TOPEKA, Kan. (May 24, 2001) -- As part of its ongoing 50th anniversary celebration, the National Hot Rod Association (NHRA) recognized the state of Kansas' long-term support of the sport of drag racing and presented Kansas Governor Bill Graves and...
TOPEKA, Kan. (May 24, 2001) -- As part of its ongoing 50th anniversary celebration, the National Hot Rod Association (NHRA) recognized the state of Kansas' long-term support of the sport of drag racing and presented Kansas Governor Bill Graves and Topeka Mayor Butch Felker with commemorative NHRA championship trophies today during a special ceremony on the north steps of the scenic Topeka Capitol Building, located in the center of the capital city.
An abandoned airstrip located in the small, central Kansas town of Great Bend hosted the first NHRA national event in 1955, which attracted more than 200 competitors from across the nation. As NHRA celebrates its 50th Anniversary in 2001, the tradition of speed and high performance continues with the Advance Auto Parts Nationals, May 24-27 at Heartland Park Topeka (HPT), one of the quickest dragstrips in the NHRA Winston Drag Racing Series. More than 600 entries in 12 different racing categories are expected for this weekend's event at HPT, the ninth of 24 events in the $50 million series, which crisscrosses the U.S., making stops in more than 20 major markets.
The race, which will be televised on ESPN (3:30-6 p.m. ET), is one of several high-profile auto racing events taking place during Memorial Day Weekend, including the Indy 500 in Indianapolis and NASCAR's Coca-Cola 600 in Charlotte, N.C.
NHRA President Tom Compton presented the commemorative trophies to Graves and Felker to officially recognize Kansas as the host state for the first NHRA national event and to offer appreciation for the continued support for events at HPT.
Several top NHRA stars participated in the celebration, including five-time NHRA champion Kenny Bernstein; 10-time NHRA Funny Car champion John Force; and Jim Epler, who at Heartland Park Topeka in 1993 became the first Funny Car driver to clock a 300 mph speed.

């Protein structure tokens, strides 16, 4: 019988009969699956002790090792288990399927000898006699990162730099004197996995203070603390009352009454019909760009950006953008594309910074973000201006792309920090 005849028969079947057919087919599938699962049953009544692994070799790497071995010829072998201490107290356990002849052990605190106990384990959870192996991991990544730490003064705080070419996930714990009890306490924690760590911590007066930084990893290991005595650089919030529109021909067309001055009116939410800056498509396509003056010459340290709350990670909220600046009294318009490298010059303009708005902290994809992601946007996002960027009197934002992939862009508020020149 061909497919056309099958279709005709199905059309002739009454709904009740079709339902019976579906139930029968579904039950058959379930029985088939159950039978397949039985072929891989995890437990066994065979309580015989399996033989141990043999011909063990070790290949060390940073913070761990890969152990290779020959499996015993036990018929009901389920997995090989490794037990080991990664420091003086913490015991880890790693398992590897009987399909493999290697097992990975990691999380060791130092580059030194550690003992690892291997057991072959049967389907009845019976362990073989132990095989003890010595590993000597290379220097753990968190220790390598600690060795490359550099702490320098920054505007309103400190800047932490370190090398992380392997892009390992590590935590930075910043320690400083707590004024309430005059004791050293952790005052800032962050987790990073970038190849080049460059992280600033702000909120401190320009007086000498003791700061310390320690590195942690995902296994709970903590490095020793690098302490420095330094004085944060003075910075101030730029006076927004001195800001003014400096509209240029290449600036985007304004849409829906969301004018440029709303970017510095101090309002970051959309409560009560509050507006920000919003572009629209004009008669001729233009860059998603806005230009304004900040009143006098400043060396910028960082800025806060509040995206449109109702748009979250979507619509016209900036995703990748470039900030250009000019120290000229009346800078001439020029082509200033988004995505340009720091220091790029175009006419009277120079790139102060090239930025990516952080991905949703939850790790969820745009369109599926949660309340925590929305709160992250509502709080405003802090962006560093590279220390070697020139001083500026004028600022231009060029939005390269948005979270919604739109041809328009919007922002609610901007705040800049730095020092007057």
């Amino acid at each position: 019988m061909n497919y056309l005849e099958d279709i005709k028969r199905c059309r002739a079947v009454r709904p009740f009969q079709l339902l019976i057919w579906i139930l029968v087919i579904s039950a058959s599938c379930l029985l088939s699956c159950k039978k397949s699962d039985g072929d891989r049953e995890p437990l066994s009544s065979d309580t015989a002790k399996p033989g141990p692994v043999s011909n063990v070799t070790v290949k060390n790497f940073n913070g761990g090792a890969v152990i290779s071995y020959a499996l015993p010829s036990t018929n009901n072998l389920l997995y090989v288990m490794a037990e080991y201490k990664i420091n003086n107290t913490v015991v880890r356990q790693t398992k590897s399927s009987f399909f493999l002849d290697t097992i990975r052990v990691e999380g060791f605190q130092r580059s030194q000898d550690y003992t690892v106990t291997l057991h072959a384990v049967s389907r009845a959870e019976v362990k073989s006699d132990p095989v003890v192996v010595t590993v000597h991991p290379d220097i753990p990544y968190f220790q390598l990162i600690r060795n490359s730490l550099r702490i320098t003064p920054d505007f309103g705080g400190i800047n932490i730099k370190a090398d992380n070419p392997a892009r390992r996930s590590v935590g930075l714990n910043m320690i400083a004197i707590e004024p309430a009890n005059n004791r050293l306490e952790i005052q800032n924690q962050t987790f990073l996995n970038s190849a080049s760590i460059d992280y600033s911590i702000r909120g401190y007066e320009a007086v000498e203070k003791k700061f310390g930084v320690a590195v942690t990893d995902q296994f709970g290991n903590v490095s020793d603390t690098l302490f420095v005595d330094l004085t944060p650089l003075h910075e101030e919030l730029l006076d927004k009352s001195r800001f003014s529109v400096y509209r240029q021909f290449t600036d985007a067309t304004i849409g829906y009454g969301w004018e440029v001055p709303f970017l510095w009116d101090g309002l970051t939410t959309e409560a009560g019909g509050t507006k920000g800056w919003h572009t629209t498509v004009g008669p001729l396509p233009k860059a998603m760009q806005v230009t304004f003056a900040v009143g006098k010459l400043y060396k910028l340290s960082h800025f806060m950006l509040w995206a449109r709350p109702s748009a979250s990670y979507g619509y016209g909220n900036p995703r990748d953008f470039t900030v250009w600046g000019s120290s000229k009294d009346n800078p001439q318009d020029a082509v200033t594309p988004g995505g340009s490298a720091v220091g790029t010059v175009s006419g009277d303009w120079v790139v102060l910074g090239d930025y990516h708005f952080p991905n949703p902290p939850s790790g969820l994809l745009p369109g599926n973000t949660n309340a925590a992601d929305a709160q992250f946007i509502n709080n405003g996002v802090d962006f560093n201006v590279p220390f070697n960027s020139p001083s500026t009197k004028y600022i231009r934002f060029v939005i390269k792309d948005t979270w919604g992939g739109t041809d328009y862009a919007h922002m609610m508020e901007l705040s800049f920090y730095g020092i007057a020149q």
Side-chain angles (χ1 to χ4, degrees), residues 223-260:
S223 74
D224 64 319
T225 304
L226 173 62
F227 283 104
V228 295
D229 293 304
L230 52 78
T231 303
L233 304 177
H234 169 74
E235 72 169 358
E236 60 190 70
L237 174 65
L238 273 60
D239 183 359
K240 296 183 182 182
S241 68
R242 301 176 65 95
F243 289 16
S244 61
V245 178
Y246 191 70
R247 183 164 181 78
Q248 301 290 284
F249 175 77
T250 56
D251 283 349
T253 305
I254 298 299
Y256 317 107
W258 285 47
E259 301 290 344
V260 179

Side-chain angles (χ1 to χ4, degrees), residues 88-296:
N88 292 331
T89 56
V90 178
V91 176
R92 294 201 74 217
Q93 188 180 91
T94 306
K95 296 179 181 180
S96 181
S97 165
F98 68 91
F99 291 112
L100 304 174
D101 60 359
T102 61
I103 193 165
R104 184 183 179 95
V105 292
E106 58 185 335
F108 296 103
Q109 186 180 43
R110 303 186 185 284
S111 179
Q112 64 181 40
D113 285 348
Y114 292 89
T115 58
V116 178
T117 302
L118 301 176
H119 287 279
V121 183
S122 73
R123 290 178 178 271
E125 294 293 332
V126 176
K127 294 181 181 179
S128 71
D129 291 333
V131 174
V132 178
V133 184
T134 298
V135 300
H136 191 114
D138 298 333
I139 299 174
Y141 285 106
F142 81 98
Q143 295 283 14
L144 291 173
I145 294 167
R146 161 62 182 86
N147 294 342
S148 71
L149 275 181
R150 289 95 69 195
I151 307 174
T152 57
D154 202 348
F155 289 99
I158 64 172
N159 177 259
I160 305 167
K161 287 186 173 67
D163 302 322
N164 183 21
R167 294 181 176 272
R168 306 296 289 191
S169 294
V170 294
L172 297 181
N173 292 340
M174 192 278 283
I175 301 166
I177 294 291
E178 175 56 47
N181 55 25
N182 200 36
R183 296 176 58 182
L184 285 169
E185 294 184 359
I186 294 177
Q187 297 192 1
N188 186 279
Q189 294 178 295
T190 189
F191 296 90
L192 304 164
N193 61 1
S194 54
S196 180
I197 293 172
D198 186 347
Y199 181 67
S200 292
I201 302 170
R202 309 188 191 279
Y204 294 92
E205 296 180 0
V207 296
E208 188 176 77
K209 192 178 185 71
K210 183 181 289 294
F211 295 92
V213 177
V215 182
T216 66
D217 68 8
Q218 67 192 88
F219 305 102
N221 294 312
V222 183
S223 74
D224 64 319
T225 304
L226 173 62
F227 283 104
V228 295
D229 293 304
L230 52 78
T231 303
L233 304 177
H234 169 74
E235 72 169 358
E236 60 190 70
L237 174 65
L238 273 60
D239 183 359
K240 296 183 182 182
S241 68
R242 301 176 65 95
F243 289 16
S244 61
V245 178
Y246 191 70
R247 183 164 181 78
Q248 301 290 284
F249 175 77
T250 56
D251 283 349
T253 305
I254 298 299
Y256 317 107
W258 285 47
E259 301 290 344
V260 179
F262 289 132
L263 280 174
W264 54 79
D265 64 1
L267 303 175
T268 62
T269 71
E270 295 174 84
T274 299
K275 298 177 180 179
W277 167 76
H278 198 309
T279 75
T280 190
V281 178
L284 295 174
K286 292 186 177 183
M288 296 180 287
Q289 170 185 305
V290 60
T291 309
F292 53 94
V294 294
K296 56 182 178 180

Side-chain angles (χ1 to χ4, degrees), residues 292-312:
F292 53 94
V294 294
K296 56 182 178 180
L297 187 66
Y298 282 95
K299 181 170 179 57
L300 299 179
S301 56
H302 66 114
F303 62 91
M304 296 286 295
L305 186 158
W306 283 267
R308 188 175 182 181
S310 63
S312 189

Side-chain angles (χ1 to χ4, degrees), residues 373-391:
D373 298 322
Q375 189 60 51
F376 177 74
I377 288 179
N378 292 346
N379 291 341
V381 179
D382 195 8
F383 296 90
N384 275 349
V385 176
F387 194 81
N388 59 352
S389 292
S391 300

Paul Flynn, owner of one of the original cars that claimed a class victory during the first national event in 1955, was present to offer his reflections.
"This is truly a very special day for NHRA, the state of Kansas and the sport of drag racing," said Compton. "When Wally Parks founded the NHRA in 1951 and started to build strong support for his vision across the U.S., it quickly became necessary to host a large, nationwide drag race in a central location. The NHRA will forever be grateful for the cooperation and support extended by officials in the town of Great Bend and the state of Kansas. That great support continues today with the Advance Auto Parts Nationals at Heartland Park Topeka. While the NHRA was founded and developed in its birthplace city of Los Angeles, there's certainly an important grassroots heritage for the organization here in the Midwest. We're proud to call Kansas the second home of hot rodding."
Both trophies contained the inscription: "To commemorate the state of Kansas as the host for the first National Hot Rod Association National Event in 1955. The NHRA, which was founded 50 years ago in Southern California, lives on today for the thousands of professional and sportsman racers throughout the United States. The great legacy of NHRA national event competition continues to thrive in 2001 in the state of Kansas with the Advance Auto Parts Nationals at Heartland Park Topeka."
Several NHRA cars were on display outside the capitol building during the event, including '99 Winston Top Fuel champion Tony Schumacher's U.S. Army dragster and the Team Mopar Dodge R/T Funny Car driven by Dean Skuza. In addition, the car display featured a '69 front-engine top fuel dragster originally owned and driven by NHRA legend Tom Hoover.
"It's always a great weekend when the NHRA comes to Heartland Park," said Governor Graves when accepting his commemorative NHRA trophy. "The competition on the track, the fun for the fans and economic impact for Topeka is a winning combination. Memorial day weekend provides a showcase for American motor sports, and Kansas is proud to be part of the excitement."
Parks founded NHRA in 1951 to unify the ever-growing number of car clubs assembling around the country and to take race cars off the street and into a safe, organized racing venue. Working with civic leaders and local law enforcement, Parks began building nationwide recognition and support for his vision, and in a short time, the NHRA emerged as the premier sanctioning body for the sport of drag racing.
As the NHRA celebrates its 50th anniversary in 2001, it has emerged as one of the most popular spectator sports, with a 24-event, nationally televised tour. National champions are crowned in five professional categories, including Top Fuel, Funny Car, Pro Stock, Pro Stock Motorcycle and Pro Stock Truck. Sportsman champions in seven categories are also crowned.